Understanding Economics BUSINESS CYCLES

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Understanding Economics BUSINESS CYCLES

Copyright © 2002 by McGraw-Hill Ryerson Limited. All rights reserved.

Economic Growth

 Economic growth can be defined in two ways   the percentage increase in an economy’s total output (e.g. real GDP) is most appropriate when measuring an economy’s overall productive capacity the percentage increase in per capita output (e.g. per capita real GDP) is most appropriate when measuring living standards Copyright © 2002 by McGraw-Hill Ryerson Limited. All rights reserved.

Canada’s Economic Growth (a)

30 000 20 000 10 000 5 000 4 000 3 000 2 000 0 1870 1880 1890 1900 1910 1920 1930 1940 1950 1960 1970 1980 1990 1999 Copyright © 2002 by McGraw-Hill Ryerson Limited. All rights reserved.

Economic Growth in Canada

   Before World War I (1870-1914), Canada’s per-capita output (in 1992 dollars) more than doubled from $2143 to $4896.

In the interwar period (1914-1945), the country’s per-capita real output almost doubled from $896 to $8953.

In the postwar period (1945-), per capita real output more than tripled to $27982 by 1999.

Copyright © 2002 by McGraw-Hill Ryerson Limited. All rights reserved.

Economic Growth and Productivity

 Growth in per capita output is closely associated with growth in labour productivity which depends on factors such as  the quantity of capital   the quality of labour technological progress Copyright © 2002 by McGraw-Hill Ryerson Limited. All rights reserved.

Business Cycles (a)

 The business cycle is the cycle of expansions and contractions in an economy     an expansion is a sustained rise in real output a contraction is a sustained fall in real output a peak is the point in the business cycle at which real output is at its highest a trough is the point in the business cycle at which real output is at its lowest Copyright © 2002 by McGraw-Hill Ryerson Limited. All rights reserved.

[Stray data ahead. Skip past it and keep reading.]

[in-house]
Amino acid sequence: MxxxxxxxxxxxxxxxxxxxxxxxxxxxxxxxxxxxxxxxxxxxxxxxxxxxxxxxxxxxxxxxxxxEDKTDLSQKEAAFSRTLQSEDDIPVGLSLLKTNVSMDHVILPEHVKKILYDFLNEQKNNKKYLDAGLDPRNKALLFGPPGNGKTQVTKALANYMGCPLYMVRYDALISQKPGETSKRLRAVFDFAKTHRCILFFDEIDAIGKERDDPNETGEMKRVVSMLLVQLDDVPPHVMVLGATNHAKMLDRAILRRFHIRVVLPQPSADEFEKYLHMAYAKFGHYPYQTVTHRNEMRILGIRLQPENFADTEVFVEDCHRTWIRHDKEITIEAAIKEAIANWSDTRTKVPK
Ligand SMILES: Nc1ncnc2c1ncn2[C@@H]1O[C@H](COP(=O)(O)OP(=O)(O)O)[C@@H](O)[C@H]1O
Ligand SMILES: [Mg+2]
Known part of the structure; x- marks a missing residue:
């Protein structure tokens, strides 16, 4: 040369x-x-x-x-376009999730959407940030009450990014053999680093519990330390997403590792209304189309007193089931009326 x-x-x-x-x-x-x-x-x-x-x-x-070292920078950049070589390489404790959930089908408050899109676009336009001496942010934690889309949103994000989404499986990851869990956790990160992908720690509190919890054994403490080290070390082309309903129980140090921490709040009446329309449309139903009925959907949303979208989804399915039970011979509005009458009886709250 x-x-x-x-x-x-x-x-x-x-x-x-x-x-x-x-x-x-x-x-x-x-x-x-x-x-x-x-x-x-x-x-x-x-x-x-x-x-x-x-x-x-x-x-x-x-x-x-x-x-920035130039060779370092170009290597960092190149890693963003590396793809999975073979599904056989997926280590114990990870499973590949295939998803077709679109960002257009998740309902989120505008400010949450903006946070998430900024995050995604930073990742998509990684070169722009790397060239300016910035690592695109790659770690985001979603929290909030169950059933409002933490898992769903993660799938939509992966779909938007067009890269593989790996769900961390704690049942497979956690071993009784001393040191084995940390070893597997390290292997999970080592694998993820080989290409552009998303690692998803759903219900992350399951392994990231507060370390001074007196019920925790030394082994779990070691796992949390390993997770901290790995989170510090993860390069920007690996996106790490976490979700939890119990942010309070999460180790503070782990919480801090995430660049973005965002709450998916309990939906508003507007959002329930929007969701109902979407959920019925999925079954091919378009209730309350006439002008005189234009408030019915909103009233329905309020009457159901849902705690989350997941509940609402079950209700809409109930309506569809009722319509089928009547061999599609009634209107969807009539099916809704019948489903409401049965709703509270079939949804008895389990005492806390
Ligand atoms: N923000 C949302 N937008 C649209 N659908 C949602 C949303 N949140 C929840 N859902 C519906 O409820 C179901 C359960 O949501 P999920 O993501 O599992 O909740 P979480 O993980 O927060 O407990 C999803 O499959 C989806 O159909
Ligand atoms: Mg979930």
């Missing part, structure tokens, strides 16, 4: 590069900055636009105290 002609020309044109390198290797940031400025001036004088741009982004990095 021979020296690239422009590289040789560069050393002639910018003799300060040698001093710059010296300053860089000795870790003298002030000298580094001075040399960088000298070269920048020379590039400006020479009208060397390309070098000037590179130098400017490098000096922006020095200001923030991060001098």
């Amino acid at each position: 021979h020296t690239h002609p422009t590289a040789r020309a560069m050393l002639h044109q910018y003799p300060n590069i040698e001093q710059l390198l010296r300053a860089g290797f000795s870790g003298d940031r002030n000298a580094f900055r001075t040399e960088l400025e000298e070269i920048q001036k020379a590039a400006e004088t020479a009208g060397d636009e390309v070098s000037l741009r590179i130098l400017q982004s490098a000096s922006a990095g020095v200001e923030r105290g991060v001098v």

The Business Cycle

Inflationary gap Peak

a b

CONTRACTION EXPANSION Long-Run Trend of Potential Output

c

Recessionary gap

d

Trough Time Copyright © 2002 by McGraw-Hill Ryerson Limited. All rights reserved.

Contractions

 A contraction  is usually caused by a decrease in Aggregate Demand (AD) magnified by the reactions of both households and businesses, who spend less due to pessimism about the future   may be a recession, which is a decline in real output for six months or more may be a depression, which is a particularly long and harsh period of reduced real output Copyright © 2002 by McGraw-Hill Ryerson Limited. All rights reserved.

Expansions

 An expansion is usually caused by an increase in AD magnified by the reactions of both households and businesses as they spend more due to more optimistic expectations of the future Copyright © 2002 by McGraw-Hill Ryerson Limited. All rights reserved.

Expansion and Contraction

240 160

e

Potential Output

f

AS AD 0 0 AD 1 700 725 730 Real GDP (1992 $ billions) Copyright © 2002 by McGraw-Hill Ryerson Limited. All rights reserved.

Inflationary Gap Recessionary Gap

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